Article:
On September 14, 1814, the Battle of Fort McHenry inspired Francis Scott Key to write “The Star-Spangled Banner.” The University of Michigan's Mark Clague corrects some common myths about our national anthem.
Myth #1: Francis Scott Key was held prisoner aboard a British ship during the bombardment of Baltimore.
Correction: Key was aboard his own American truce ship during the battle.
Key and fellow lawyer John S. Skinner, the U.S. Agent for Prisoners of War, sailed from Baltimore on September 5, 1814 on an American truce ship and headed down the Patapsco River hoping to meet the British fleet somewhere in the Chesapeake Bay. They were on a mission of mercy to negotiate the release of the elderly Dr. William Beanes, a civilian non-combatant who had been taken prisoner by the British as they departed Washington, DC after burning the White House, the Capitol, and other government buildings in revenge for the U.S. burning of York (current day Toronto) in April 1813.
Key was a persuasive addition to the negotiating team because of his close family ties to both the United States and England. His father served in the Continental Army; his uncle remained a British loyalist during the Revolution. Key’s mission was a success.
During their talks, and then upon the release of the doctor, Key and Beanes were moved from the H.M.S. Tonnant, where they had negotiated with British Admiral Cochrane, to the H.M.S. Surprise and finally back to their own American truce ship. (The exact name of this ship has defied generations of researchers.) During the harrowing 25-hour bombardment, their ship was tethered to a British vessel (one not involved in the fighting) and placed under guard in order to prevent Key and his companions from revealing to Baltimore’s defenders any attack plans overheard. Key was likely some six to eight miles from America’s Fort McHenry, which guarded against certain American defeat by protecting the entrance to Baltimore’s harbor. Superior British weapons pounded the fort from newly designed bomb ships anchored safely out of range of the fort’s own guns.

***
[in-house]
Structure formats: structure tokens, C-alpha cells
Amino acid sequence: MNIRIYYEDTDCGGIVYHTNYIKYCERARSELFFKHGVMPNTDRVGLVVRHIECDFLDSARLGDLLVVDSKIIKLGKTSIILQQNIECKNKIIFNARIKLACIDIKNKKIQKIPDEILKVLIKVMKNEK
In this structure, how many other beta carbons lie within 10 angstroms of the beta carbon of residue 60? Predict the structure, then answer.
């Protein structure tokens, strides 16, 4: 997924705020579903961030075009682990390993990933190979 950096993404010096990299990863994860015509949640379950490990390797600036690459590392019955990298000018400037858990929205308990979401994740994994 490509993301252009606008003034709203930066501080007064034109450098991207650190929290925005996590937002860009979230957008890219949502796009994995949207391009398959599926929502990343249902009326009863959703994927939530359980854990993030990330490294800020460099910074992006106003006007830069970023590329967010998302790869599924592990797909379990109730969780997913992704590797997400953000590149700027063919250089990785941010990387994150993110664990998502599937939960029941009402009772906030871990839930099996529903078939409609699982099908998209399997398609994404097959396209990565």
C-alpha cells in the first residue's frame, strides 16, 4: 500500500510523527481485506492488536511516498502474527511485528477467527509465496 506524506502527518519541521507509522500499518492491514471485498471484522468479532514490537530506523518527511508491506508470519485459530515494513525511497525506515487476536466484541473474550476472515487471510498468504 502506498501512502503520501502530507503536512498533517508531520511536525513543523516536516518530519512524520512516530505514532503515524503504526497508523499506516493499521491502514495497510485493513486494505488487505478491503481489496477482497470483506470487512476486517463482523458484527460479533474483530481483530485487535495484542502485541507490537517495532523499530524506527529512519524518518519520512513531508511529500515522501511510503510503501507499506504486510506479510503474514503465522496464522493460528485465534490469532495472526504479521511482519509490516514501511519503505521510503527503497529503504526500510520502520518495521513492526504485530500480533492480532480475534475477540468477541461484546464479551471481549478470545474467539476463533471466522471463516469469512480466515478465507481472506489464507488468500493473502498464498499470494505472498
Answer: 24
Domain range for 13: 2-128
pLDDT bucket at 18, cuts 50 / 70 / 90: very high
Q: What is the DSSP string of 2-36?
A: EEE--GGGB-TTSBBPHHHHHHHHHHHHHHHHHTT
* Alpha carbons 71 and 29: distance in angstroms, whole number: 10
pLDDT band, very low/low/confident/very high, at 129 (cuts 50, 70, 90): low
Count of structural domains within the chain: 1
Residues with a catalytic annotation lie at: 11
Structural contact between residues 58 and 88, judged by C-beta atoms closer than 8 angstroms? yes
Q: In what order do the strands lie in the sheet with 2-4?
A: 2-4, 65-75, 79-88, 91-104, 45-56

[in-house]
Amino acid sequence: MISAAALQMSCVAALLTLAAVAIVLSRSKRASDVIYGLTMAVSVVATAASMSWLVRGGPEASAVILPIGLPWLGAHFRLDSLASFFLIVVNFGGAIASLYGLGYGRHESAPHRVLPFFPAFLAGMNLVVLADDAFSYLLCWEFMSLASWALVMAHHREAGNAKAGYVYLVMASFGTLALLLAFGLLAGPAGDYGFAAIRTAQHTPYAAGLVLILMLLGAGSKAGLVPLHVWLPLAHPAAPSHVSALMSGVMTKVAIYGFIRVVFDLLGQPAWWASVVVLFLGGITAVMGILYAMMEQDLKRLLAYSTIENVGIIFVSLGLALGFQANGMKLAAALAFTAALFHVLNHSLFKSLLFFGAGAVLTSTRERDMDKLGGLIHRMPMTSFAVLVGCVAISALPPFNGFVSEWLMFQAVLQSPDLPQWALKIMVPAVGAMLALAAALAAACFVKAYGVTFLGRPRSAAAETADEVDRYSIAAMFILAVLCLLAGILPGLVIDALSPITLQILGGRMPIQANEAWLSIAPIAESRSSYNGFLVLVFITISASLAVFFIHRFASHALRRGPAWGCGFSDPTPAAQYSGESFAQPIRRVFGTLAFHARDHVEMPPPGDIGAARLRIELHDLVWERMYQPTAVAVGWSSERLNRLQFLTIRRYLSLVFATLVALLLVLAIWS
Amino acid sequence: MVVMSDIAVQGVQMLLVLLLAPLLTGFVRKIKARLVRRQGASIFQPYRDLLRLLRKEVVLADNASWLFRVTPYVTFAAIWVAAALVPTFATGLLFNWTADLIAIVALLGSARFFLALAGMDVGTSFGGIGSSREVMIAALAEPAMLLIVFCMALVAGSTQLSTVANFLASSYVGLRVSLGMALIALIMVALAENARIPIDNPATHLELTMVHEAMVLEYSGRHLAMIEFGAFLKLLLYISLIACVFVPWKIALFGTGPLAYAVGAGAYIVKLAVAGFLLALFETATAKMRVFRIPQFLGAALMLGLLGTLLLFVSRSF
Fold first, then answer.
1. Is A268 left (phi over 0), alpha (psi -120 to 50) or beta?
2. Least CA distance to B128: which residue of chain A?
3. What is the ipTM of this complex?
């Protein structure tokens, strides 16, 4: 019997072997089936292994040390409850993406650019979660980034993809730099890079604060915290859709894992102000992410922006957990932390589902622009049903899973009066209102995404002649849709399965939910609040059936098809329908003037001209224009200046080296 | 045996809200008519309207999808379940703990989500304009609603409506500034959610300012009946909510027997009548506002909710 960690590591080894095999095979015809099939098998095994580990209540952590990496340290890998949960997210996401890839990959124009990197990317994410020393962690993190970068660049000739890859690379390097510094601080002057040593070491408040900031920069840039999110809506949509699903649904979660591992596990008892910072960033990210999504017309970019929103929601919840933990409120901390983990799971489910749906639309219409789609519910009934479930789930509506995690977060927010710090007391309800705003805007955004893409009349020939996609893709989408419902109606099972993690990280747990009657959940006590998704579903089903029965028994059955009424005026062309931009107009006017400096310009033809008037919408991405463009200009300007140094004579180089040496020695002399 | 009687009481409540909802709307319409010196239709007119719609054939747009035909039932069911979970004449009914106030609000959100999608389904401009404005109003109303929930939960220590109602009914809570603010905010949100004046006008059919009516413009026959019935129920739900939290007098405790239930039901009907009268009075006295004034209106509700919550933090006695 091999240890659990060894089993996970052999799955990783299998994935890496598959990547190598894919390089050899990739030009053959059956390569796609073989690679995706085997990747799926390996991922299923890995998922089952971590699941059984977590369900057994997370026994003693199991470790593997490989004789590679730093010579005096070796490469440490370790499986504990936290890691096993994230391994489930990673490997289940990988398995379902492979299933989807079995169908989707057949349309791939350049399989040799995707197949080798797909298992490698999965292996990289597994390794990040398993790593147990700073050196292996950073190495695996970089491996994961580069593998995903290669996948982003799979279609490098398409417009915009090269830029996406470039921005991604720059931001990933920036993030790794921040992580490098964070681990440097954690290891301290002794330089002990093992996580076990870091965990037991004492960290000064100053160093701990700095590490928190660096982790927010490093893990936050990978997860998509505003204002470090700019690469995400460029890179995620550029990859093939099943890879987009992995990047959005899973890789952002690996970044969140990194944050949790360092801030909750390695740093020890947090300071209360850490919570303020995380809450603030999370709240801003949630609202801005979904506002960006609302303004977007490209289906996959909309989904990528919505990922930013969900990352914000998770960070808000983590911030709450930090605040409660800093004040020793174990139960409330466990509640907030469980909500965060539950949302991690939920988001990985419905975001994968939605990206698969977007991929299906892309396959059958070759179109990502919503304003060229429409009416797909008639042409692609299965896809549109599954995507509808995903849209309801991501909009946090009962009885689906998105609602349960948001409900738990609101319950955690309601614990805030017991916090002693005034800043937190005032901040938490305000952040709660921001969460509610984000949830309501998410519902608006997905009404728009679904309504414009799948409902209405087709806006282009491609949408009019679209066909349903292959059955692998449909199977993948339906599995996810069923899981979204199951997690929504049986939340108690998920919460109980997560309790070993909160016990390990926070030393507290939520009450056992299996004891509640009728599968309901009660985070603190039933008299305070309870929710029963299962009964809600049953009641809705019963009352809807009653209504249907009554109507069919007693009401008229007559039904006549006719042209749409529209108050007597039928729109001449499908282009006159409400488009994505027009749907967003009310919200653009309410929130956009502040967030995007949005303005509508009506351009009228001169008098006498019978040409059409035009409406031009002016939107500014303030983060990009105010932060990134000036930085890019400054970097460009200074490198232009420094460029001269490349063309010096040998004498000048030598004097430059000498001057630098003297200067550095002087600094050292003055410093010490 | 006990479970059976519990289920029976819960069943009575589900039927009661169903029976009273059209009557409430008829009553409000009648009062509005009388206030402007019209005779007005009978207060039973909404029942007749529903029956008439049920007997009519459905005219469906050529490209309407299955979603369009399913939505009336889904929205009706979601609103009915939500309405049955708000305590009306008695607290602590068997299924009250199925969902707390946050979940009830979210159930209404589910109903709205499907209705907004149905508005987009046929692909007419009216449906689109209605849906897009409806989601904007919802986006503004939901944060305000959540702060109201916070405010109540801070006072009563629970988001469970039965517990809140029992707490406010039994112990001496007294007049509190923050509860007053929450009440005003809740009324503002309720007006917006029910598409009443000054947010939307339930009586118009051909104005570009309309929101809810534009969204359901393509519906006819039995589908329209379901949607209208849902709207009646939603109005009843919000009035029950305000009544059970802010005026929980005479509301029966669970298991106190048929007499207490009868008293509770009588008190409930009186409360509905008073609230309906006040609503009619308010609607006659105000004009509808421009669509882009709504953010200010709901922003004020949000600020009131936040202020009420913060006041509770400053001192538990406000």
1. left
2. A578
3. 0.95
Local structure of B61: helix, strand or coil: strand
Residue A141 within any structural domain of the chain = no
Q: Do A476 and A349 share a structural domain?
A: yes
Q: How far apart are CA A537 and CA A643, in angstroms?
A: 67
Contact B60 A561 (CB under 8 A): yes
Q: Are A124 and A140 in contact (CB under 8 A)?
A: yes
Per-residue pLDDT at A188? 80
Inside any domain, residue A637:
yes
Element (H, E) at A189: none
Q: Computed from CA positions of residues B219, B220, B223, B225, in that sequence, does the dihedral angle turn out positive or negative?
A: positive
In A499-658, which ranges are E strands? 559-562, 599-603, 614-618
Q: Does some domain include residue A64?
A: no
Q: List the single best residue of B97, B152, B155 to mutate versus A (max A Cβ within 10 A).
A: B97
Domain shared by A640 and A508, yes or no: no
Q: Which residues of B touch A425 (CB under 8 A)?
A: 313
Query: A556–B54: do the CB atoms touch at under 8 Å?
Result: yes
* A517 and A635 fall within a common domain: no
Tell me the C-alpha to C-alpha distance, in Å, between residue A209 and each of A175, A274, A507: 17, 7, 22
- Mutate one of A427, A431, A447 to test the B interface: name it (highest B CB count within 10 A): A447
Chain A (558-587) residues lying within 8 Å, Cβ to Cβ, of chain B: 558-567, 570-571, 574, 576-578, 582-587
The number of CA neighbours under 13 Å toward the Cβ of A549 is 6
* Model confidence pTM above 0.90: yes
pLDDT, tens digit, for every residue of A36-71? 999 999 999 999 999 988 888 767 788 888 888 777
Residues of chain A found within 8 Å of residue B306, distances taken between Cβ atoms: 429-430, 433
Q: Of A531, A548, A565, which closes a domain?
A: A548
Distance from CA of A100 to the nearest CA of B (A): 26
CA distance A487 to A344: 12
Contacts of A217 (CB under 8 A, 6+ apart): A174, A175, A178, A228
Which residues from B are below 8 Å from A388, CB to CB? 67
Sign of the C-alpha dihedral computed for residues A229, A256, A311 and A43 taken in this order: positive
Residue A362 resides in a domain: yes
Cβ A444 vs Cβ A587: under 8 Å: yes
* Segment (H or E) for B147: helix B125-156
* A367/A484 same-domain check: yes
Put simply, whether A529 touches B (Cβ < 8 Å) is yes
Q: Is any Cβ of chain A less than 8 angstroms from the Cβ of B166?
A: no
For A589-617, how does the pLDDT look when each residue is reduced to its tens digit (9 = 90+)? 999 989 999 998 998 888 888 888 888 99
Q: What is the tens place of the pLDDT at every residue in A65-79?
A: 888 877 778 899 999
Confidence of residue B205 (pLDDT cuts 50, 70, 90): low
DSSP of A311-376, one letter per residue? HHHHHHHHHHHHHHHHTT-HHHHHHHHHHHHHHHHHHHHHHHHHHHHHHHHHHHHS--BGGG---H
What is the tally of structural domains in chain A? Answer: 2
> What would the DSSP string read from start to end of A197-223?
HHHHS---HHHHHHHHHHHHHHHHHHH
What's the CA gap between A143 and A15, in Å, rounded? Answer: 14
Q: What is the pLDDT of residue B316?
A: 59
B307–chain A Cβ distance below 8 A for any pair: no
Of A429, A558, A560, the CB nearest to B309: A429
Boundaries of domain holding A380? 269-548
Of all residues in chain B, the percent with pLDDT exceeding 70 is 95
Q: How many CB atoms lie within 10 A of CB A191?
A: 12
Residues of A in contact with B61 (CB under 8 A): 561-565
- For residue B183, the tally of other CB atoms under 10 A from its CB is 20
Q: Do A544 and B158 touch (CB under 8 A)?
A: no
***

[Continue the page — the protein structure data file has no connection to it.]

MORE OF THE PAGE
Yet Key rose on the morning of September 14, 1814 and through the lens of his spyglass saw his nation’s 15-star, 15-stripe flag waving defiantly over the fort. He was elated and relieved, certain that God had intervened. He spent the next two days waiting for the British to depart, when they would release him and his compatriots. And what does a patriotic poet do when stuck with nothing to do and having witnessed a momentous event? He wrote the lyrics of a song to a well-known melody that he knew well.
Myth #2: Francis Scott Key drafted “The Star-Spangled Banner” on the back of an envelope (or letter).
Correction: Key most likely wrote his draft on a clean sheet of paper using pen and ink.
While the original working draft of Key’s lyric is lost, envelopes were not commonly used in 1814 and then only by the rich for special occasions. Instead, letters in Key’s day were written on a sheet of paper that was folded and sealed with wax. Postage was charged by the number of sheets in a letter, so a sheet of postal wrapping would have been both a waste of paper and a waste of money, since it doubled the postal cost.